As last week's alarming viral infographic about the toxic effects of Coca Cola proved, the brand is far from angelic.
But according to Good Things, an independent group of concerned citizens acting on behalf of the environment, it might have the power to save the world.
A bursting bubble
The Pope, in his latest encyclical, advised the need to combat climate change: 'Our earth, our only home, is starting to look more and more like an immense pile of filth.'
He's right to say our planet's future is not looking as bright as Orange would have us believe.
A report published by the WWF this year revealed that 11 of the world's most important forests are set for catastrophic deforestation by 2030. If nothing is done, we stand to lose up to 420 million acres of forest over the next 15 years.
So what can be done to help?
A fizz of hope
Good Things' Buy The World A Hope movement poses a suggestion: why don't we start by appealing to the biggest advertiser in history?
Their proposition is ambitious. In a public pitch that is currently making its way across social media channels, Buy The World A Hope is calling on Coke's global CEO - Muhtar Kent - to stall the brand's enormous 3 billion dollar advertising budget for one year, spending it instead on helping land trusts protect the world's rainforests.
Coke released its first global ad in 1971. I'd Like To Buy The World A Coke featured a group of stoned-looking teenagers singing a song of peace and togetherness on a hilltop. It was one of the most successful ads in history.
Buy The World A Hope aims to recreate that same feeling of unity and altruism, but this time for a real cause. Saving the planet.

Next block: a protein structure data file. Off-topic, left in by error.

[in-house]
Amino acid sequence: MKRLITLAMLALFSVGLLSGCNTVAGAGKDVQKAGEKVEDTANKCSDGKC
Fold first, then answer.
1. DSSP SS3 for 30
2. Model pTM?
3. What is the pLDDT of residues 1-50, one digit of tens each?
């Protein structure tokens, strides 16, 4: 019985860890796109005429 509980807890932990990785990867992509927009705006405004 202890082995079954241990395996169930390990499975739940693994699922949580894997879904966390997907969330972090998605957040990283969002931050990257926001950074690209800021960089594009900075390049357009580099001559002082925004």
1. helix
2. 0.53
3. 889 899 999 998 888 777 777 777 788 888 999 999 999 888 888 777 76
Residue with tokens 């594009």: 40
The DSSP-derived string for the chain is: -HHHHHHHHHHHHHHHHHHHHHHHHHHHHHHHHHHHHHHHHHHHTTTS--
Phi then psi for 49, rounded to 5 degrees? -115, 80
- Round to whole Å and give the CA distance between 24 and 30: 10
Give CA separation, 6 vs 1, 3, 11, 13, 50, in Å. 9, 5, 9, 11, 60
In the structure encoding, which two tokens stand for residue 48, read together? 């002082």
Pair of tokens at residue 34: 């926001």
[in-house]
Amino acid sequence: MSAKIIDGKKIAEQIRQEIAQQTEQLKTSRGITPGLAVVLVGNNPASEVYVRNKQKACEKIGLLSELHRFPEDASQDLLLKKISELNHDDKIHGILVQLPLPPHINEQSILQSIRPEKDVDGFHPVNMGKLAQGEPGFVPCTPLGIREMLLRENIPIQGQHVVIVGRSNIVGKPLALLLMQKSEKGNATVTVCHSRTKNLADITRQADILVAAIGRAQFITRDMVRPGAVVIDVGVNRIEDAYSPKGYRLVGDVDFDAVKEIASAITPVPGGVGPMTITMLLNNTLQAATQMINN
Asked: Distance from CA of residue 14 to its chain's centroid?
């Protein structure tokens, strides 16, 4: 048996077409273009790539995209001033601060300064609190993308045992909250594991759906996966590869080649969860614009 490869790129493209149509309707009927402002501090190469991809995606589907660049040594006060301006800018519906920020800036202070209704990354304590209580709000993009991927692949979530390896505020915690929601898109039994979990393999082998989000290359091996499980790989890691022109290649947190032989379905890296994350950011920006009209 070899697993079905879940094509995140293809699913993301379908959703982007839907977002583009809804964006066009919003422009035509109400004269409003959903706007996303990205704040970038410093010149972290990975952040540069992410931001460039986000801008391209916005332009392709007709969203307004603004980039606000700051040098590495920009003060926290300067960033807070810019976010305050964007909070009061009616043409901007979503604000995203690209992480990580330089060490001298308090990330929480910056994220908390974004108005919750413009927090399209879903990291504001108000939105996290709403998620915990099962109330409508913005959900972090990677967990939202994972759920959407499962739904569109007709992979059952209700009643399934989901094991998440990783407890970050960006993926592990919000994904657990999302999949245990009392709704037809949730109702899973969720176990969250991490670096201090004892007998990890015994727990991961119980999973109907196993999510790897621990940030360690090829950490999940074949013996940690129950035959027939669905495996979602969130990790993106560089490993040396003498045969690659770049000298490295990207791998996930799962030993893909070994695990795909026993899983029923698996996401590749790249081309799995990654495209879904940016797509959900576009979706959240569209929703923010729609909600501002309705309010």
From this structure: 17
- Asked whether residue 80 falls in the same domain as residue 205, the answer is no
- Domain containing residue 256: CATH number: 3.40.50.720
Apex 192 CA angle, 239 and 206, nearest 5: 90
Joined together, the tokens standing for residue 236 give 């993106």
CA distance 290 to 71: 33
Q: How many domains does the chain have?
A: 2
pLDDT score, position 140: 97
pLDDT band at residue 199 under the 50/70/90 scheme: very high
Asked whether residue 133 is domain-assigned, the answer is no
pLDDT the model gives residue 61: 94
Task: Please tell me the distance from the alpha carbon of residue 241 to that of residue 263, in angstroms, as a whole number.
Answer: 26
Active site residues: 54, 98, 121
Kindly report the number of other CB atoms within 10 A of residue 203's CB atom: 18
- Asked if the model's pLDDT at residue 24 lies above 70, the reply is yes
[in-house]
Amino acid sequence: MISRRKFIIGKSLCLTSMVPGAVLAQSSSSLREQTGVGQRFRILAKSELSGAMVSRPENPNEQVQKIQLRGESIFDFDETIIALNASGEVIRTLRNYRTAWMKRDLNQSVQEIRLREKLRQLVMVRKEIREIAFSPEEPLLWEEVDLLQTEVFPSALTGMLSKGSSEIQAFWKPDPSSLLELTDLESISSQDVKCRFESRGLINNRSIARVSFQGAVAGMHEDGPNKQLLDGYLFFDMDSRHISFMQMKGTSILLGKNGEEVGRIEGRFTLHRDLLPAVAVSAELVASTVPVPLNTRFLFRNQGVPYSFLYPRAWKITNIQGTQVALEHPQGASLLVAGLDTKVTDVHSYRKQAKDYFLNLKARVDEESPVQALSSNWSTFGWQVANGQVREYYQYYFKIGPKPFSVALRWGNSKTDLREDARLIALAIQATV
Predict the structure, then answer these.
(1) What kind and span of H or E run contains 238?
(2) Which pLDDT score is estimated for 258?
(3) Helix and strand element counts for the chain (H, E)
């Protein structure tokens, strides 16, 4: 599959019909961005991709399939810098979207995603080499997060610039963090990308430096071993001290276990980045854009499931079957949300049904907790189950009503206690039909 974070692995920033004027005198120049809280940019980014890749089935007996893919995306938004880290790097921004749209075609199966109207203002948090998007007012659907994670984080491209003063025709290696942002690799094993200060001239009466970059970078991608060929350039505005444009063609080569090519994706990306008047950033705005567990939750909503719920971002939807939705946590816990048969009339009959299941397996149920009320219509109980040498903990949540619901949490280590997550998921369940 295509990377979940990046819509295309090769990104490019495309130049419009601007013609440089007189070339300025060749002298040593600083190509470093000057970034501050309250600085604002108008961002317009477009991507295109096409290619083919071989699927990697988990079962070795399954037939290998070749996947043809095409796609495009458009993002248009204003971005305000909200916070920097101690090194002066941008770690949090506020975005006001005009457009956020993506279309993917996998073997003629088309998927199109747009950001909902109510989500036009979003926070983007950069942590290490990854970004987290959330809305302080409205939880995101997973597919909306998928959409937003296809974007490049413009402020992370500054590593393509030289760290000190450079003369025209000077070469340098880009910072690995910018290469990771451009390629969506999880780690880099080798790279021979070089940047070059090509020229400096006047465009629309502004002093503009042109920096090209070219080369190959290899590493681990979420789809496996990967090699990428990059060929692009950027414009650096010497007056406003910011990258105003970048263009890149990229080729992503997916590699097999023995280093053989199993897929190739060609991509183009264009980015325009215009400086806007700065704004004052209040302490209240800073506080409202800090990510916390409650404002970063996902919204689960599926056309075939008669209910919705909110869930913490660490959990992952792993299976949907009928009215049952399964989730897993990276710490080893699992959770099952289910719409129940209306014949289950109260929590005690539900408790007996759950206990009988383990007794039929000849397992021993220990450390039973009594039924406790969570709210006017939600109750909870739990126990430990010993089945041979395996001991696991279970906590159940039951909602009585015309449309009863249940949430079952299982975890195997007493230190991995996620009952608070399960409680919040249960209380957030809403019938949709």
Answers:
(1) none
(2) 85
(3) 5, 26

'We want to take one of the biggest adverts in history and repurpose it for this generation,' says Gareth Broadbent, lead creative behind the Hope movement.
'If we could inspire Coca Cola to protect our rainforests, their 3 billion dollar budget could make an important and lasting contribution to combatting climate change.'
Refresh the planet
There are, of course, concerns about the implications of such a bold move.
From Coke's perspective, sacrificing advertising for a whole year may sound like brand suicide. There's also risk the move would be met with cynicism, or fail to pay off in the long term.
A concern for the public is that such an altruistic move may mislead consumers into thinking Coke is a nice, humanitarian brand. Do we want them basking in the glory of philanthropy when they've been poisoning mankind since 1892?
One thing that cannot be debated is the brand's power. Like it or lump it, sugar-laden Coke is one of the strongest influencers in the modern world, and the second most recognised word on earth after 'OK'. It's also the 84th biggest economy in the world, just ahead of Costa Rica.
There is seismic potential for change if they choose to act.
'For many of us, myself included, having corporations like Coke use their wallets to decide the future of the world is the dystopia we railed against,' says Suzie Webb from SMFB. 'But in the cold light of now we might think more of this: drastic times call for drastic measures. Or more precisely - whatever helps, let's do it now.'
'Coke's vision is to unite business and planet,' Broadbent affirms. 'The world has never needed to come together more than it does right now in the face of impending climate disasters. It's a perfect opportunity for the Coca Cola brand to reignite its old magic and connect again.'
If you want to get involved in this public pitch, show your support here.
You never know, Coke might just make it real.Suggest a correction